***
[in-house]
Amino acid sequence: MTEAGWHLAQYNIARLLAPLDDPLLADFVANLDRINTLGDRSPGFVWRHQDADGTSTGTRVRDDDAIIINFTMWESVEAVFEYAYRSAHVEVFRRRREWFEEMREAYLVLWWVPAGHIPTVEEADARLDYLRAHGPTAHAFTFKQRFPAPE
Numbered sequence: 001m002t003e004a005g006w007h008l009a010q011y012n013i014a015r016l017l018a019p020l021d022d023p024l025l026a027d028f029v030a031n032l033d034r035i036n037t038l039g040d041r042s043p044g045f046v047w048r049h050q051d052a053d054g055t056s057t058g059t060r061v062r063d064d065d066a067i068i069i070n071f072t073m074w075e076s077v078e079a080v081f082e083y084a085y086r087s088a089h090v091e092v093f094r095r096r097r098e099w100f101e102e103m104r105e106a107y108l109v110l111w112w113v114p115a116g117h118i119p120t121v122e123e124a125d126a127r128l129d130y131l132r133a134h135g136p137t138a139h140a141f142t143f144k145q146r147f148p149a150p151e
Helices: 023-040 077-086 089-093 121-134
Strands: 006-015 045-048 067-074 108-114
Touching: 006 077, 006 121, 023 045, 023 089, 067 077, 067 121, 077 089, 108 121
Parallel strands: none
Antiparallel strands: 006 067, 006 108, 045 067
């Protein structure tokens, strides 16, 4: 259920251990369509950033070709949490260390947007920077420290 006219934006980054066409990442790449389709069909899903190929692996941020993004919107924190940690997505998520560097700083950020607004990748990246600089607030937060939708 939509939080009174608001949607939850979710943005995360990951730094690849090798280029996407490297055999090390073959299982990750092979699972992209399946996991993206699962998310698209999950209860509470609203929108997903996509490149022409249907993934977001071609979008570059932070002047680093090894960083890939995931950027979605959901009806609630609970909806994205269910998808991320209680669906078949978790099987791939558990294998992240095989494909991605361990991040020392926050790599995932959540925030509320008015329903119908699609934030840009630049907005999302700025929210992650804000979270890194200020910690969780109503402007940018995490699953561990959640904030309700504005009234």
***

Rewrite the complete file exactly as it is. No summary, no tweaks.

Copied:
[in-house]
Amino acid sequence: MTEAGWHLAQYNIARLLAPLDDPLLADFVANLDRINTLGDRSPGFVWRHQDADGTSTGTRVRDDDAIIINFTMWESVEAVFEYAYRSAHVEVFRRRREWFEEMREAYLVLWWVPAGHIPTVEEADARLDYLRAHGPTAHAFTFKQRFPAPE
Numbered sequence: 001m002t003e004a005g006w007h008l009a010q011y012n013i014a015r016l017l018a019p020l021d022d023p024l025l026a027d028f029v030a031n032l033d034r035i036n037t038l039g040d041r042s043p044g045f046v047w048r049h050q051d052a053d054g055t056s057t058g059t060r061v062r063d064d065d066a067i068i069i070n071f072t073m074w075e076s077v078e079a080v081f082e083y084a085y086r087s088a089h090v091e092v093f094r095r096r097r098e099w100f101e102e103m104r105e106a107y108l109v110l111w112w113v114p115a116g117h118i119p120t121v122e123e124a125d126a127r128l129d130y131l132r133a134h135g136p137t138a139h140a141f142t143f144k145q146r147f148p149a150p151e
Helices: 023-040 077-086 089-093 121-134
Strands: 006-015 045-048 067-074 108-114
Touching: 006 077, 006 121, 023 045, 023 089, 067 077, 067 121, 077 089, 108 121
Parallel strands: none
Antiparallel strands: 006 067, 006 108, 045 067
């Protein structure tokens, strides 16, 4: 259920251990369509950033070709949490260390947007920077420290 006219934006980054066409990442790449389709069909899903190929692996941020993004919107924190940690997505998520560097700083950020607004990748990246600089607030937060939708 939509939080009174608001949607939850979710943005995360990951730094690849090798280029996407490297055999090390073959299982990750092979699972992209399946996991993206699962998310698209999950209860509470609203929108997903996509490149022409249907993934977001071609979008570059932070002047680093090894960083890939995931950027979605959901009806609630609970909806994205269910998808991320209680669906078949978790099987791939558990294998992240095989494909991605361990991040020392926050790599995932959540925030509320008015329903119908699609934030840009630049907005999302700025929210992650804000979270890194200020910690969780109503402007940018995490699953561990959640904030309700504005009234």